Aaron Lake 1998 STATE BALLOT INITIATIVES This is a review of the ballot initiatives in 1998.
Katharine Keaton and Deborah Maas 1999 STATE AND FEDERAL LEGISLATIVE AND ADMINISTRATIVE ACTIONS This is a review of state and federal legislation in 1999.
Alicia Finigan 2001 Legislative Review

This article provides an overview of 2001 state and federal animal related legislation.

Laurie Fulkerson 2001 Legislative Review

This article presents an overview of 2001 animal-related legislation.

Emilie Keturakis 2002 Legislative Review

This article provides an overview of animal-related legislation from 2002.

Emilie Clermont 2003 Legislative Review

This article provides an overivew of animal-related legislation from 2003.

Joshua D. Hodes 2004 Legislative Review

This article provides an overview of major animal law legislation from 2003 - 2004.

Adam Cefai 2005-2006 Case Law Review

This document provides a tabular listing of the important animal law cases of 2005 and 2006.

Carlos de Paula 2005-2006 Featured Animal Law Case

This case from Brazil considers a habeas corpus proceeding for a chimpanzee kept in a zoo.

Sunrise Cox 2005-2006 Legislative Review

This article provides an overview of state and federal legislation from 2005 - 2006.

Brett Cattani 2006 Animal Law-Related Articles

This document provides a listing of animal-related law review and journal articles from 2006.

Marjorie A. Berger 2006 Legislative Review

This document provides a link to Animal Law's 2006 Legislative Review.

Kathryn Leonard 2006-2007 Case Law Review

This article provides a tabular summary of the major animal law cases of 2006 to 2007.

Blair E. McCrory 2007 Legislative Review

This document provides a link to Animal Law's 2007 Legislative Review.

Jennifer Bunker 2007-2008 Case Law Review

This article provides a summary of cases released in 2007 to 2008 relating to animal law.

Nancy R. Hoffman & Robin C. McGinnis 2007–-2008 Legislative Review

This document provides a link to Animal Law's 2007-2008 Legislative Review.

Rebecca F. Wisch 2008 - 2009 Significant Animal Law Cases

This table provides a summary of the significant animal law cases from 2008 and early 2009. The federal cases are listed first followed by the state cases, which are listed alphabetically by case name.

Jennifer O’Brien & Randall Szabo 2009 LEGISLATIVE REVIEW

This article provides an overview of important legislative changes concerning animal law in 2009.

Jenny Keatinge & Richard Myers 2010 LEGISLATIVE REVIEW

This article gives a summary of important animal-related legislation from 2010.

Cynthia F. Hodges 2010 Significant Animal Law Cases

This table provides a summary of the significant animal law cases (state and federal) from 2010. The cases are listed alphabetically by case name.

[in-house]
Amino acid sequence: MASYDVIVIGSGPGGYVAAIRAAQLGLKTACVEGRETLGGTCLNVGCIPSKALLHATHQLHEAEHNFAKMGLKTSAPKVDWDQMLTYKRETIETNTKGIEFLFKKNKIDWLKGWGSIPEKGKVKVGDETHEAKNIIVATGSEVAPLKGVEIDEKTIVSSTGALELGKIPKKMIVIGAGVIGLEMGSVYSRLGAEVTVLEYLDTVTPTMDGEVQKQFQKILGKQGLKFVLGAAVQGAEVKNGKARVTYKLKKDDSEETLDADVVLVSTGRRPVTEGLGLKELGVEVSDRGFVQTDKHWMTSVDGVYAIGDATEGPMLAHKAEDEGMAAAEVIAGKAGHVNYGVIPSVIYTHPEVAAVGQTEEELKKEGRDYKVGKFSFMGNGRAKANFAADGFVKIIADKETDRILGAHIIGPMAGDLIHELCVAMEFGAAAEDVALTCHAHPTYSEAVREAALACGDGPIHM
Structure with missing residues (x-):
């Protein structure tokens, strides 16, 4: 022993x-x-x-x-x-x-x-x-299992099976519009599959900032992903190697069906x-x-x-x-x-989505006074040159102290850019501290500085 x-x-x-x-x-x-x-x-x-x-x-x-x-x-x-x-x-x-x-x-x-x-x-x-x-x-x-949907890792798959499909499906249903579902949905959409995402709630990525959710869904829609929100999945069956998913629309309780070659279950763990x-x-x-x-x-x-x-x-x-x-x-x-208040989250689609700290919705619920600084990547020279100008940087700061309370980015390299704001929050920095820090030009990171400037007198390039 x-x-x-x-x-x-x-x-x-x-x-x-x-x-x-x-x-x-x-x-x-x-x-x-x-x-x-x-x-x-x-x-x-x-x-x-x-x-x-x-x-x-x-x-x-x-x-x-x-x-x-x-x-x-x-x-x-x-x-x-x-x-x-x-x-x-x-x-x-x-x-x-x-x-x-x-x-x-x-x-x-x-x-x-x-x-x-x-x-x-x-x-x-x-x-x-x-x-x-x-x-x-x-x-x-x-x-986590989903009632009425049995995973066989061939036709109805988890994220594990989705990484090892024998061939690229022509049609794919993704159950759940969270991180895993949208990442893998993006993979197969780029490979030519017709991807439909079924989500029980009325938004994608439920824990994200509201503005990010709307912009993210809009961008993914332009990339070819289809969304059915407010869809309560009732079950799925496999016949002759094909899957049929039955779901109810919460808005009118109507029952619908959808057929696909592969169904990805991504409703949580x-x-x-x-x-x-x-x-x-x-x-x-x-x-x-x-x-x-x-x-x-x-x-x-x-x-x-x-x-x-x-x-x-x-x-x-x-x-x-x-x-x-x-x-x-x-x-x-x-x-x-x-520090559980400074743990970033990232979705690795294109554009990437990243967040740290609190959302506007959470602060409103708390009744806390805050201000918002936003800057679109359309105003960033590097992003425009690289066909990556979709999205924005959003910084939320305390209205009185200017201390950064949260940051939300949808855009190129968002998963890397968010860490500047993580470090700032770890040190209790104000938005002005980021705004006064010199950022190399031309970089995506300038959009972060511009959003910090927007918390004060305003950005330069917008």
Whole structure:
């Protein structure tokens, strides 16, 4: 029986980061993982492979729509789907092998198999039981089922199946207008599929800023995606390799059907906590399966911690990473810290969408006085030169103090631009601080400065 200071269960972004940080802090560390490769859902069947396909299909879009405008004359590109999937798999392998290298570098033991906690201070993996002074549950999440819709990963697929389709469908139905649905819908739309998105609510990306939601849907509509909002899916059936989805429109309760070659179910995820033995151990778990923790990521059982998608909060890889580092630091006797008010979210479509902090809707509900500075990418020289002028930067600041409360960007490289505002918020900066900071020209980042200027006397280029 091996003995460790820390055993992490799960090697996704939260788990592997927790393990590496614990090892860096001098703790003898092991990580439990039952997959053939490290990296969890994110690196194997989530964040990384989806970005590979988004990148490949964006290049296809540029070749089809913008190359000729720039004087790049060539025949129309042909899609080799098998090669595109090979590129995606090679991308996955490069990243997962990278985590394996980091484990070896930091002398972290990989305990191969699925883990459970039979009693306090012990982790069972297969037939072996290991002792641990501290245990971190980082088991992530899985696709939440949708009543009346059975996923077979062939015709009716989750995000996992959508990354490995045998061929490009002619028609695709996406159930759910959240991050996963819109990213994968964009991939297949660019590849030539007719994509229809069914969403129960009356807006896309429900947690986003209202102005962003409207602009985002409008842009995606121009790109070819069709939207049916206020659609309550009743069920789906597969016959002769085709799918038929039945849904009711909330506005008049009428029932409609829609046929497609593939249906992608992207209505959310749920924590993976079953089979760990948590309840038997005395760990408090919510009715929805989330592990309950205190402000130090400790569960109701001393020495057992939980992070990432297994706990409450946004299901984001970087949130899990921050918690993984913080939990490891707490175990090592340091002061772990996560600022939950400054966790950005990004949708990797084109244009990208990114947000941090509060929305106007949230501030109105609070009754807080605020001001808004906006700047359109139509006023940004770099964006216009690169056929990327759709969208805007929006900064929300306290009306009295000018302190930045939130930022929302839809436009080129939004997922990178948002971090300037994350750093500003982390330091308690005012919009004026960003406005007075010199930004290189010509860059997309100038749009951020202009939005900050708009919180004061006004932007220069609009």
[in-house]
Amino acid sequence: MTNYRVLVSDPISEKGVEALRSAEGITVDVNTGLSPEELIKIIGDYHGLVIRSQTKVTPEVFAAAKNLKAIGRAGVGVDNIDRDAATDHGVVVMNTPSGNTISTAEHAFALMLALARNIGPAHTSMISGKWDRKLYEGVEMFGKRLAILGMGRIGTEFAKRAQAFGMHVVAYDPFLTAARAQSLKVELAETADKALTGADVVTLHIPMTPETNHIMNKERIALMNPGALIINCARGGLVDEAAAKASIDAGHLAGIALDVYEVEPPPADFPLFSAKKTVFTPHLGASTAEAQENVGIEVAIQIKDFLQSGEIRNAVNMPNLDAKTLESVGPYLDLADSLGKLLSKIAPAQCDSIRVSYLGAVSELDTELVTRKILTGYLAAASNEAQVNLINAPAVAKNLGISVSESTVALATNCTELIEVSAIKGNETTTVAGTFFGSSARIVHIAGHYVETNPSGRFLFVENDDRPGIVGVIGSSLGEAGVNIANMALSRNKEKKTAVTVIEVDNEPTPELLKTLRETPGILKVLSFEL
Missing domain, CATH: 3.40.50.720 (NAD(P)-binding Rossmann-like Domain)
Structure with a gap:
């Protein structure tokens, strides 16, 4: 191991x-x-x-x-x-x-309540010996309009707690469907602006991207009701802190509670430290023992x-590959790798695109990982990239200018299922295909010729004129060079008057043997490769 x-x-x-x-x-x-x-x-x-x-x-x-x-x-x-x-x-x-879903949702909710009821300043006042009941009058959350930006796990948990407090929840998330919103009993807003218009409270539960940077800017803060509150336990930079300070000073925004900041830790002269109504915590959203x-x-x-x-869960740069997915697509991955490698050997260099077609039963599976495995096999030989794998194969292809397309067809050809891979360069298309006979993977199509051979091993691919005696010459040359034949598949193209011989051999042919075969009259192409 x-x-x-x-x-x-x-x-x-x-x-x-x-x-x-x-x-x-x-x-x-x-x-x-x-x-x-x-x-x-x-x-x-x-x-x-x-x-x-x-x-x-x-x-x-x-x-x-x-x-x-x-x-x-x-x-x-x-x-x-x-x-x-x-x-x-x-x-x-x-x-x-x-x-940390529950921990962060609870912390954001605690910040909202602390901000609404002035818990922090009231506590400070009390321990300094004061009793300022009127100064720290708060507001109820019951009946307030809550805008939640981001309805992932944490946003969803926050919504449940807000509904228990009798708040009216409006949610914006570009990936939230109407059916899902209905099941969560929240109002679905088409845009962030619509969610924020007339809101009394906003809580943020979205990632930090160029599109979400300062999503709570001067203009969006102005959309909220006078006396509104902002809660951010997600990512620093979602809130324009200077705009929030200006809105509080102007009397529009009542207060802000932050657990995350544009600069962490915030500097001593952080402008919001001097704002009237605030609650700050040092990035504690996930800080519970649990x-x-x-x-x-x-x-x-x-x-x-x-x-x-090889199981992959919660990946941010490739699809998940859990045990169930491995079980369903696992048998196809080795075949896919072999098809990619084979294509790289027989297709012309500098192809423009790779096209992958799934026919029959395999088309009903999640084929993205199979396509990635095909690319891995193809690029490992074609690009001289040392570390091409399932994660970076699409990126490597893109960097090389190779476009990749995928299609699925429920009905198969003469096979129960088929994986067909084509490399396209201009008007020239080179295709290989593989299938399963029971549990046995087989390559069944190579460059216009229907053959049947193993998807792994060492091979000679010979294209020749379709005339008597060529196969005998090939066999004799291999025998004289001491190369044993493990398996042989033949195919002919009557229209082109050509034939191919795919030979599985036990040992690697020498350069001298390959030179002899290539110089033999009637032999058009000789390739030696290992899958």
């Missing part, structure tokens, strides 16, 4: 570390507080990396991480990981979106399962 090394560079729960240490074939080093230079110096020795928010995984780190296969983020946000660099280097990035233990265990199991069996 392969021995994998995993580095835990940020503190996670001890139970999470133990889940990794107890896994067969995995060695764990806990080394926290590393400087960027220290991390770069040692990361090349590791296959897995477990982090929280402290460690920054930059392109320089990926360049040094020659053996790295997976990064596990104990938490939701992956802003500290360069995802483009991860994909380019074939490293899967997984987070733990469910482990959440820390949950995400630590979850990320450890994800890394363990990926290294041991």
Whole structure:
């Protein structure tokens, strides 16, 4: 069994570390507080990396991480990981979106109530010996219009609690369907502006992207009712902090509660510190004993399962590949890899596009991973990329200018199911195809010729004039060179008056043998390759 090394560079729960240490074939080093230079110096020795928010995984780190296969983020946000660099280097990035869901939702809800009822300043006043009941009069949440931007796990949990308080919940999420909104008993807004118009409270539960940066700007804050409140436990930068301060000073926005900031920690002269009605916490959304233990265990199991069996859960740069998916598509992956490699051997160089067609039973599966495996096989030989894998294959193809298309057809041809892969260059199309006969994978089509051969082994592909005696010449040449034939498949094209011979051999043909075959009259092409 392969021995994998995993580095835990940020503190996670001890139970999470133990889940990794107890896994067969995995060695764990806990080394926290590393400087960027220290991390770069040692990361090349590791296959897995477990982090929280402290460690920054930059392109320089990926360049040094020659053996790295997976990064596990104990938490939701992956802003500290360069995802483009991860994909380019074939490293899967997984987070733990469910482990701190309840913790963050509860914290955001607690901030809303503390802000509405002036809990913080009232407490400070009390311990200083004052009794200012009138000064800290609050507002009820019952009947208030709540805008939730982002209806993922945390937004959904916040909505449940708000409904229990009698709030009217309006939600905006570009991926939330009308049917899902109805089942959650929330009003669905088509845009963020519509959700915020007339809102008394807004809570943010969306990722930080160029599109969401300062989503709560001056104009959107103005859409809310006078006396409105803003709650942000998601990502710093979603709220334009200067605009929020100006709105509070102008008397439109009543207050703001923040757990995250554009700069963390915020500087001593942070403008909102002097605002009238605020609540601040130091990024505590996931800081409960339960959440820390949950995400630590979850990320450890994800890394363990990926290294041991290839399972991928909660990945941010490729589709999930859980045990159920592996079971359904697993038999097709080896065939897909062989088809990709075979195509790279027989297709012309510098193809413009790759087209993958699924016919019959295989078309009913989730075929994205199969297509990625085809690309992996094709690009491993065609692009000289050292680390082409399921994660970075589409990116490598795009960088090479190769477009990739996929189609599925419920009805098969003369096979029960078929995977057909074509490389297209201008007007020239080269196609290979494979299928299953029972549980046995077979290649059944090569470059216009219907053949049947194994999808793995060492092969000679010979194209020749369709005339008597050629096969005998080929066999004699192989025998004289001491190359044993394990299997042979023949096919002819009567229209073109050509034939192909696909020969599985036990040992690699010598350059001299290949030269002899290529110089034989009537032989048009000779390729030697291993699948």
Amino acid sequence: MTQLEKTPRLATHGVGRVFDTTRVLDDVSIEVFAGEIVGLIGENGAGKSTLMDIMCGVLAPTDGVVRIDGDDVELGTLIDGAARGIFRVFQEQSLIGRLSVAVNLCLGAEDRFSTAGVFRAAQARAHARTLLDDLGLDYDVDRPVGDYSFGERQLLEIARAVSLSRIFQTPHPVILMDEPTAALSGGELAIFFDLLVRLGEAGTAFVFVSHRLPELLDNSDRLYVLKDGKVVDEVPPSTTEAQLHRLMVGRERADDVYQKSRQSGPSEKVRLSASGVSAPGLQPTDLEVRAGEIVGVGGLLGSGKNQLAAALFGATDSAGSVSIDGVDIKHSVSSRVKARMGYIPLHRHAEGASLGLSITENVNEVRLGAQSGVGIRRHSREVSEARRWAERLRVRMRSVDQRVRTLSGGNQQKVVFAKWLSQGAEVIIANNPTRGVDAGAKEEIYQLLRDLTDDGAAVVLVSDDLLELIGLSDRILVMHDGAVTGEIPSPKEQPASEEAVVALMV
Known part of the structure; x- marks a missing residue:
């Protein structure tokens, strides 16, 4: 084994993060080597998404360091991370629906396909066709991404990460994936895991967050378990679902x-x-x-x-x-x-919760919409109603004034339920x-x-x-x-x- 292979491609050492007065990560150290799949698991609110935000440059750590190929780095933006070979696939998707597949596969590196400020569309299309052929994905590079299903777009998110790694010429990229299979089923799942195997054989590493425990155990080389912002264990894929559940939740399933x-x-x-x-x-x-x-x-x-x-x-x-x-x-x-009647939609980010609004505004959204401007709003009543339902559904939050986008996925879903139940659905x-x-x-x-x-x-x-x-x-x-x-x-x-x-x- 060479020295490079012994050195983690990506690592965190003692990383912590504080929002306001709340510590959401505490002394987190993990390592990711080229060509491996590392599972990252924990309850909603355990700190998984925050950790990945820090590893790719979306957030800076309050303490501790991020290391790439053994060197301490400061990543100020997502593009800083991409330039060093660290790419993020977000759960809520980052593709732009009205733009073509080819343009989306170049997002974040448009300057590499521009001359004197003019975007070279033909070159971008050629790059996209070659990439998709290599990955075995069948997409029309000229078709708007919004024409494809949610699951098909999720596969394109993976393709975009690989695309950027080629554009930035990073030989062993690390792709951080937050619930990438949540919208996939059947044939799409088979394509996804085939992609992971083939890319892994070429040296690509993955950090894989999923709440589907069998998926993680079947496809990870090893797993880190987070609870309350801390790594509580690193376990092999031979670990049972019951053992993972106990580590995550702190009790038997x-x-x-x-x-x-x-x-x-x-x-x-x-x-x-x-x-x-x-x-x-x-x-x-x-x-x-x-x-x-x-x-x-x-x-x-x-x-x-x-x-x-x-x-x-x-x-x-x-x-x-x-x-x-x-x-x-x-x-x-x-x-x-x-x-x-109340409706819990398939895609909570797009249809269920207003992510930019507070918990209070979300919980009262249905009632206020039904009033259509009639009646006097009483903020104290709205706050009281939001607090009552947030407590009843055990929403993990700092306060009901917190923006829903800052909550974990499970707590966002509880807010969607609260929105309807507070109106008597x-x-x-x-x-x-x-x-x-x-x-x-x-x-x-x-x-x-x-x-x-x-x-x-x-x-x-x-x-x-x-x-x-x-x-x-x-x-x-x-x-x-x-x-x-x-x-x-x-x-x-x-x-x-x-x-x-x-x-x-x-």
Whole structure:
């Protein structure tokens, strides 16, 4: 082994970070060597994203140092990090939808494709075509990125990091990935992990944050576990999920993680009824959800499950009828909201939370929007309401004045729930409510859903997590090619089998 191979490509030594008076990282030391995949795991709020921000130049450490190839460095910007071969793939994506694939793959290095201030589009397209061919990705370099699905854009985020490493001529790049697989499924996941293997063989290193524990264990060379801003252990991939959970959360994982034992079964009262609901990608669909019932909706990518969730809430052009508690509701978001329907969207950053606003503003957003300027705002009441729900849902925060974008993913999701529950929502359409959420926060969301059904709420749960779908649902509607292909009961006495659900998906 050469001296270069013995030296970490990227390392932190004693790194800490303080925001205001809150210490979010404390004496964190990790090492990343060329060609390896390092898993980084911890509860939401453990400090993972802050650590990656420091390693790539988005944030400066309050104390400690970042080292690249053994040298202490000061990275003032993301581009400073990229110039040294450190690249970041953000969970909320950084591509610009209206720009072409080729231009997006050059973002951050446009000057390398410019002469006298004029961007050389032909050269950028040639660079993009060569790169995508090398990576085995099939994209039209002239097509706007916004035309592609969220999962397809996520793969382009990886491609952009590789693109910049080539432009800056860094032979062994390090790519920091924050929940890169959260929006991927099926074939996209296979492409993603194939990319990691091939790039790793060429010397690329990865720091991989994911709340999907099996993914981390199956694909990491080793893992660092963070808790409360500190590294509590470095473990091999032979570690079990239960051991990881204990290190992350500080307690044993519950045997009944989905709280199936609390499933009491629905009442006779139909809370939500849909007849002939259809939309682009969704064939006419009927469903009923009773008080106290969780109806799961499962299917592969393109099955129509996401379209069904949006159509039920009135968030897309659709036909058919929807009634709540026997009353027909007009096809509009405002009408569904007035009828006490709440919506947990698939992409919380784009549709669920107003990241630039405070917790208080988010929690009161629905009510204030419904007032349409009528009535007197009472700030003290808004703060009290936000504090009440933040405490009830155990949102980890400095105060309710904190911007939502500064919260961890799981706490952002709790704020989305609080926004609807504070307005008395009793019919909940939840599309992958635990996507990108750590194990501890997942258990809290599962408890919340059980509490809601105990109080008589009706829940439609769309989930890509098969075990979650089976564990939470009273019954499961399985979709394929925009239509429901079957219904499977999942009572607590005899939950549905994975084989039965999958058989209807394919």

Patrick Graves, Keith Mosman, & Shayna Rogers 2011 LEGISLATIVE REVIEW AND ADMINISTRATIVE REVIEW

This article provides an overview of important animal-related legislation from 2011.

Carolyn Greenshields & Kimberly White LaDuca 2012 FEDERAL LEGISLATIVE REVIEW This article discusses important animal-related changes to laws in 2012.
Laura Hagen 2012 STATE LEGISLATIVE REVIEW This article provides a summary of important animal-related changes to laws in 2012.
Angela Ostrowski 2013 FEDERAL LEGISLATIVE REVIEW This article provides a review of significant animal-related federal legislation from 2013.
Cameron Taylor 2013 STATE LEGISLATIVE REVIEW This article provides a review of significant state animal-related legislation from 2013.
Ryan Conklin 2014 Animal and Natural Resource Law Case Review This article highlights significant animal and environmental cases from 2014.
Jessica Brockway 2014 Federal Legislative Review This article provides a review of significant animal-related federal legislation from 2014.
Aaron C. Johnson 2014 State Legislative Review This article provides a review of significant state animal-related legislation from 2014.
Taylor Budnick A 'HARE' RAISING LAPSE IN MEAT INDUSTRY REGULATION: HOW REGULATORY REFORM WILL PULL THE MEAT RABBIT OUT FROM WELFARE NEGLECT Rabbits are most commonly perceived as soft, fuzzy, tender, loving, active household pets. However, rabbit meat is growing in popularity among urban farmers, foodies, and chefs alike. The pet rabbit industry is subject to a variety of laws and regulations intended to ensure the humane and proper treatment of these beloved pets. Yet, 'meat rabbits,' which are often the same breed or species as pet rabbits, are often not covered by either the protections that govern the treatment of animals used for meat or the protections that govern the treatment of rabbits as pets or companion animals. The lack of laws and regulations applicable to the meat rabbit industry has led to widely documented inhumane treatment and animal abuse. Such beloved companions deserve the benefits of increased government oversight of rabbit meat production. This Article proposes that, on the federal level, the United States Department of Agriculture inspection of commercial rabbit producers and processors should be mandatory rather than voluntary. States must also play a central role because, given the nature of the rabbit meat industry, it is especially important that any new standards reach small farms and urban farmers, in addition to commercial producers. This Article proposes that state standards use puppy mill laws as guidance, given rabbits' societal status as companion animals. New laws governing the raising of meat rabbits should establish standards for light and ventilation, requirements for environmental enrichment, limits on breeding, and floor space minimums for cages. Such changes will ensure that the rabbit's more typical role as a companion animal is acknowledged, while providing the necessary protection from abuse and mistreatment when rabbits are raised for meat consumption.